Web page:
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Mulch in fall to prevent annual weeds in spring

Weeds are often noticed when they bloom, but by then, they have competed with desirable plants and can be difficult to control since they are well established. Weeds such as henbit (Lamium amplexicaule), purple deadnettle (Lamium purpureum), chickweed (Stellaria media) and hairy bittercress (Cardamine hirsuta) germinate in fall and early spring. As the soil starts to warm up, they grow rapidly and produce conspicuous blooms.

It is prudent to execute control measures before such weeds germinate. Applying a suitable mulch is a common practice to reduce weed germination by blocking sunlight. Mulches also serve a physical barrier that affects seed germination, conserves soil moisture and reduces the incidence of soil-borne diseases.

Landscape Mulch

Mulches to control weeds in the landscape include landscape fabric, wood chips and shredded wood. Landscape fabric is effective in perennial plantings, especially if they are installed prior to establishing a flowerbed then covered by a desirable medium. Aged wood chips are better than fresh chips to reduce tie-up of soil nitrogen required for plant growth. If fresh chips are used, apply a layer of compost beneath the mulch.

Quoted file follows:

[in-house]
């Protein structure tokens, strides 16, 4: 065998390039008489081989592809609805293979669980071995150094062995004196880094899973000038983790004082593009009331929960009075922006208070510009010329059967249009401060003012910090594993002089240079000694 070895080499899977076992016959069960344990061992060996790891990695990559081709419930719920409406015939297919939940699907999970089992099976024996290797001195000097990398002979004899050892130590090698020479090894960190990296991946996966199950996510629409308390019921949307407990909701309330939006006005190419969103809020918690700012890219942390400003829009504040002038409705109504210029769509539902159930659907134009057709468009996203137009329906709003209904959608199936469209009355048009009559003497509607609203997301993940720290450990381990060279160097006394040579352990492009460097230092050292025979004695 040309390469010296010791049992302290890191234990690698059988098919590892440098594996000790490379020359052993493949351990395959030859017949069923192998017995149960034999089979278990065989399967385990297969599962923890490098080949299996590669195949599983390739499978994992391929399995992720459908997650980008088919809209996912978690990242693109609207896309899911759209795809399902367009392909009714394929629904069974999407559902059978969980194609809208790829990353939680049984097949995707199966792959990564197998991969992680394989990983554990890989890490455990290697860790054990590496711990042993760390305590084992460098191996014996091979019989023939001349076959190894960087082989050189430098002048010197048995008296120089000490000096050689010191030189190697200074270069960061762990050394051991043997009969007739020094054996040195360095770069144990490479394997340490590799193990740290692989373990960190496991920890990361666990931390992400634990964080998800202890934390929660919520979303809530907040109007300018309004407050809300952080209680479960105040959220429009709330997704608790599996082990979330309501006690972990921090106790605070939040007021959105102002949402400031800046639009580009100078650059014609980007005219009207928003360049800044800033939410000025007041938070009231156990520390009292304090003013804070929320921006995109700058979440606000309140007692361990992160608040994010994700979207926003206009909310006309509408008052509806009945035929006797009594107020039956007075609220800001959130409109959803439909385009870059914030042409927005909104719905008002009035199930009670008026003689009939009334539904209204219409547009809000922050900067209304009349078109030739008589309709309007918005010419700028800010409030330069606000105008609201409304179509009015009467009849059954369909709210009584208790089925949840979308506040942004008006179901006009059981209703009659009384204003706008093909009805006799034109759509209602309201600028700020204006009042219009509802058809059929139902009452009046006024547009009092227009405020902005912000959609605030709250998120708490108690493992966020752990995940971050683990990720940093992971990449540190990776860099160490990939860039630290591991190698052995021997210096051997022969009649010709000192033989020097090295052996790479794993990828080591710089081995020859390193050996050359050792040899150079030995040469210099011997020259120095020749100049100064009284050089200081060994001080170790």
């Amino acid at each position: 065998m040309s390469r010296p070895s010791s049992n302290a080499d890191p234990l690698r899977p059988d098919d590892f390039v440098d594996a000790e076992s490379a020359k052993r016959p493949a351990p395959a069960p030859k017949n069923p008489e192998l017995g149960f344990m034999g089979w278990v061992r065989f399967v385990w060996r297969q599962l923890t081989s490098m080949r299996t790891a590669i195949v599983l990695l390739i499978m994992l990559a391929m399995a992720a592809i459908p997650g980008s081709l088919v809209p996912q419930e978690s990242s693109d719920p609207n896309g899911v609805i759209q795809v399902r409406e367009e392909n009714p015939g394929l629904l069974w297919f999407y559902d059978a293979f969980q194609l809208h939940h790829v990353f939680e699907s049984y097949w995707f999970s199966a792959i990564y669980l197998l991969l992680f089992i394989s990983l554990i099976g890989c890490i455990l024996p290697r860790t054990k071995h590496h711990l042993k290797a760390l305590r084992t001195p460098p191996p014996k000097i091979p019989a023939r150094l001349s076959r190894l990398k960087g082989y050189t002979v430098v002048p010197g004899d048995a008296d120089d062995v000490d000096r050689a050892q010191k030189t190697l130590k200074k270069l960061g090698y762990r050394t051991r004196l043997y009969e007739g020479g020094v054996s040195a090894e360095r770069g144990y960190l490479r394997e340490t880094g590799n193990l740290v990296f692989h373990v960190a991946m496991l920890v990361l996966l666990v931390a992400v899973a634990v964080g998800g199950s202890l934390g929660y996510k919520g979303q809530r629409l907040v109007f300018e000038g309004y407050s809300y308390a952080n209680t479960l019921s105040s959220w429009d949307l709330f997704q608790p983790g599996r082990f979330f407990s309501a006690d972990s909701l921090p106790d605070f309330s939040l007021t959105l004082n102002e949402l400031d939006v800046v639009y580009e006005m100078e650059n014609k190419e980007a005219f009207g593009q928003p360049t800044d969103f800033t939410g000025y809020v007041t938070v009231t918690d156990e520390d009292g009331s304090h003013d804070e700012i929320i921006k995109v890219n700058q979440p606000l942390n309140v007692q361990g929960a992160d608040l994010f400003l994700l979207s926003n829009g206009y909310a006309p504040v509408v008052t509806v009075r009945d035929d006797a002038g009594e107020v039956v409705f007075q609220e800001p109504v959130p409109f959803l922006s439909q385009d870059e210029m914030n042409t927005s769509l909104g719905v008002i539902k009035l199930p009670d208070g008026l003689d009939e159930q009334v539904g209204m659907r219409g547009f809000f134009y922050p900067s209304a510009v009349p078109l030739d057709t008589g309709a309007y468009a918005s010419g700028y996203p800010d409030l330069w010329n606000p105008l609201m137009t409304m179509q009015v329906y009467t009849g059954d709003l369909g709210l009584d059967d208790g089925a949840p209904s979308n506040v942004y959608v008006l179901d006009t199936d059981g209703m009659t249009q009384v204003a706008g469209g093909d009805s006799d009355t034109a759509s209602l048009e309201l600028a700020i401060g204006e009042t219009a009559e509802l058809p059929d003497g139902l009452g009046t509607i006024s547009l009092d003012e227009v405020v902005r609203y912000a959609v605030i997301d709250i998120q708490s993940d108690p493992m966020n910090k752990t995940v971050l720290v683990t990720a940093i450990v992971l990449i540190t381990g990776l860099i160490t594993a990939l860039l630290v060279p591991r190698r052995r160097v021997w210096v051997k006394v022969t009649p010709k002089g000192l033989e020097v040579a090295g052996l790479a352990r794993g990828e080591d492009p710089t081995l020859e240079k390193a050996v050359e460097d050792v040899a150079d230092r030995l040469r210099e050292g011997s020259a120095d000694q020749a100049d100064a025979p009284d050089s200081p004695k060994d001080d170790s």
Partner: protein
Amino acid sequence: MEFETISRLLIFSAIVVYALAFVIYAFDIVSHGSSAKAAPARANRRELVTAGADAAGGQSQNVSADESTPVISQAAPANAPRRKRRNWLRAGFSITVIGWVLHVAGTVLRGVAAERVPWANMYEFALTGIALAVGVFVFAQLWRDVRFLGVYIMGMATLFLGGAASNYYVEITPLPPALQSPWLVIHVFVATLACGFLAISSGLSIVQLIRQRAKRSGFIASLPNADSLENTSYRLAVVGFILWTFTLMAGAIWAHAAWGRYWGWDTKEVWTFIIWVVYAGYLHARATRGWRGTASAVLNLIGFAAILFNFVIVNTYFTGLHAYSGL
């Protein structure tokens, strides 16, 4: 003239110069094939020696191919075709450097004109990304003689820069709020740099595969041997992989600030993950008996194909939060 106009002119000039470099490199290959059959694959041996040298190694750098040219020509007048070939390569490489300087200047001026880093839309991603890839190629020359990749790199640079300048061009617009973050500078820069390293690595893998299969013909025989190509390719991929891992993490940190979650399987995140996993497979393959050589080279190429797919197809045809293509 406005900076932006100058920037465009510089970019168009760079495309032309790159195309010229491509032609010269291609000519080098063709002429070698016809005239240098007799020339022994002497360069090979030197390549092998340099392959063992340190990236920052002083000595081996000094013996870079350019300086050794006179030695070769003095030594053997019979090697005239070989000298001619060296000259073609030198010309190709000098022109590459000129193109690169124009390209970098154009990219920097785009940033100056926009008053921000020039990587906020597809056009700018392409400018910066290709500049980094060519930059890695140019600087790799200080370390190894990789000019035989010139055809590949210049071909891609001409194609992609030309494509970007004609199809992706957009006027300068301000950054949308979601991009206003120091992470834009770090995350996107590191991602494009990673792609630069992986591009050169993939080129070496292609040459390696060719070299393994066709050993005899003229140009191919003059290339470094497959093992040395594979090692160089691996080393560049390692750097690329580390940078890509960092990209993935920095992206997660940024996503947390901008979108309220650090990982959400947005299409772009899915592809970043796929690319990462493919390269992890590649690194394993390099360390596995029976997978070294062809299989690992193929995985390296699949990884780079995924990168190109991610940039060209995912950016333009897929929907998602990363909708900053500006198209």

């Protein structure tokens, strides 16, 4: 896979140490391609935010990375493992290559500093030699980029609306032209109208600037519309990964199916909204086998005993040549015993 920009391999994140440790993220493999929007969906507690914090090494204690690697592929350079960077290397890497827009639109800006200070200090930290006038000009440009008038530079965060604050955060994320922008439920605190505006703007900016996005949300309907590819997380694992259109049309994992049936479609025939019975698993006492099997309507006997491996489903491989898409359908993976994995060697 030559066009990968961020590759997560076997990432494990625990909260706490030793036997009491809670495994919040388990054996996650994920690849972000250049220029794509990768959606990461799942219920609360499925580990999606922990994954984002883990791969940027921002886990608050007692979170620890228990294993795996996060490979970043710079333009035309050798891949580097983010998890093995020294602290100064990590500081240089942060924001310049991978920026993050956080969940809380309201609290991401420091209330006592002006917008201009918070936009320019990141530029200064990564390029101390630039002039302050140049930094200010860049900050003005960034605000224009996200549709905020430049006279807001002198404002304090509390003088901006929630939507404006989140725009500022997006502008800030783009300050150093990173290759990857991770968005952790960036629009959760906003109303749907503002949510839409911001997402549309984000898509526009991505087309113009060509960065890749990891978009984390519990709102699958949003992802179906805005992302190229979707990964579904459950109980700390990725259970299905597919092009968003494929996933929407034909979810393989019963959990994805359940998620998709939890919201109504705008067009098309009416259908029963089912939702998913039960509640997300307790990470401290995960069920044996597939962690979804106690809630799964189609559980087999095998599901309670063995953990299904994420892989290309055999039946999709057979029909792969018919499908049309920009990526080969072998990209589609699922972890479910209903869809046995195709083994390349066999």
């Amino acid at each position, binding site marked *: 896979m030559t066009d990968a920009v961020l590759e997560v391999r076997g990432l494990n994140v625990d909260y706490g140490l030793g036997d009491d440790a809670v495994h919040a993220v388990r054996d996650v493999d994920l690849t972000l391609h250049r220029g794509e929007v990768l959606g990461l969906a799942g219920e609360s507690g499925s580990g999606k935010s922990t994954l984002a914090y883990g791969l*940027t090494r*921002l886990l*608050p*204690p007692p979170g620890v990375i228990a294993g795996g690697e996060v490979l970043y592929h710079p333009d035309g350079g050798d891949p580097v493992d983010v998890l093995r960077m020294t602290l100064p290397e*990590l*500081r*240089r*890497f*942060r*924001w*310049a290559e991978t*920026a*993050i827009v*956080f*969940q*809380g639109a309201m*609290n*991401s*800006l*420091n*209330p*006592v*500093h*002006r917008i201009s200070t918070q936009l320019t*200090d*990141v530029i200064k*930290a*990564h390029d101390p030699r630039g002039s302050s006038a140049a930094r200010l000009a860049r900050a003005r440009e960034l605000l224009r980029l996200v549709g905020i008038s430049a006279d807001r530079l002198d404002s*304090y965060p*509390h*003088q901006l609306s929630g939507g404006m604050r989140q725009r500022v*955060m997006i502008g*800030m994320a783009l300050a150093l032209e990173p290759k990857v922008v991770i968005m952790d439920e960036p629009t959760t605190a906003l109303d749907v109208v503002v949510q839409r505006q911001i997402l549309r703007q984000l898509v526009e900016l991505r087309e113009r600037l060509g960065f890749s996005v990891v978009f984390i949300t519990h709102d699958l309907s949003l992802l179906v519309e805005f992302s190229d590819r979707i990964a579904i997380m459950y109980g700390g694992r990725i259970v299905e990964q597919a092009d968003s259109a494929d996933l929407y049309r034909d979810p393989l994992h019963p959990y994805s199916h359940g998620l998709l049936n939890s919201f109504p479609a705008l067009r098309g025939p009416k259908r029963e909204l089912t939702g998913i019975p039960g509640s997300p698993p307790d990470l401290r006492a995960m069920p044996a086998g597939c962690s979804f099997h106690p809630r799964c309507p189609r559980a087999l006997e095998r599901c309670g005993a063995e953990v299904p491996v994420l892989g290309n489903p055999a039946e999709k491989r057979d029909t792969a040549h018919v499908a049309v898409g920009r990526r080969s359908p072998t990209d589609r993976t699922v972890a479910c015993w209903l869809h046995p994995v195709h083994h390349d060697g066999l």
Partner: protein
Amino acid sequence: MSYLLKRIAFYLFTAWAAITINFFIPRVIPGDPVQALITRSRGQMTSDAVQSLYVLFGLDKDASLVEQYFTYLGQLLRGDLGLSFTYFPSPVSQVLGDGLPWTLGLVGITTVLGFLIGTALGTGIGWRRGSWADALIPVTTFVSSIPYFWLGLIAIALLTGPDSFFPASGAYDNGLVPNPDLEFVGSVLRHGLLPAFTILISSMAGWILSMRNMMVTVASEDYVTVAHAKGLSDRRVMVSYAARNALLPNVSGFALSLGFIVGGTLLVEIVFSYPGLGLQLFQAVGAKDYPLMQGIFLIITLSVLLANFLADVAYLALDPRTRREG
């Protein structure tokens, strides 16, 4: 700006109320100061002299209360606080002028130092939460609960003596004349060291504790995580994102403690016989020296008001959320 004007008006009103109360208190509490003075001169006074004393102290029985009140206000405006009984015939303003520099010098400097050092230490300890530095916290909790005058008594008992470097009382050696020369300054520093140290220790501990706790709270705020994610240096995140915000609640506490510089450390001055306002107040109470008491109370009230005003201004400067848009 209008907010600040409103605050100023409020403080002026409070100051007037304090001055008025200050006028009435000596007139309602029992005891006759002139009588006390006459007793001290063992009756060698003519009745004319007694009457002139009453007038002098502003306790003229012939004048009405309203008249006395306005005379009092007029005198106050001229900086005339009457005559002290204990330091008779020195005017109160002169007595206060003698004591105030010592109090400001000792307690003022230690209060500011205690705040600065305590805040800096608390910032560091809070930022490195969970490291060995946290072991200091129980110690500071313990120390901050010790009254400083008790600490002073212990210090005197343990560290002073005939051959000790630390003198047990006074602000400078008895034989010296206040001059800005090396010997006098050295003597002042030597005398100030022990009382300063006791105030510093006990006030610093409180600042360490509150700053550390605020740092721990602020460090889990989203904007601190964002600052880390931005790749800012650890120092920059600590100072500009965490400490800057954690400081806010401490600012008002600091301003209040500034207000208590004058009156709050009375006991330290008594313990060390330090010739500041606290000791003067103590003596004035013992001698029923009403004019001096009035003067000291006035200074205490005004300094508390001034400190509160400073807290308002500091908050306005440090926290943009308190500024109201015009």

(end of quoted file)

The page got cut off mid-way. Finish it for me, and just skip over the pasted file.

Temporary Mulch

Temporary mulch materials may include black plastic, straw over newspaper and dry grass clippings. Avoid using pine needles since they may affect plant growth. Also, avoid certain colored wood mulches as they can injure certain plants. If using lawn clippings, make sure that the lawn was not treated with herbicides or fertilizer-based herbicides. No more than 4 to 6 inches of mulch is needed in landscape plantings. A 6-mil black plastic is more effective than thin plastic, and landscape pins may be used to secure it to the soil.

Applying mulch before weed seeds germinate is critical for successful weed control. If weed seedlings have already emerged, a light cultivation or hoeing may be necessary to kill emerged weeds prior to applying the mulch. Certain pre-emergent herbicides, such as Snapshot or Pennant Magnum, may be used for control in landscape plantings. If using herbicides, please refer to the label to ensure that they are safe for the ornamentals used and apply them at the labelled rates and timings to avoid plant injury.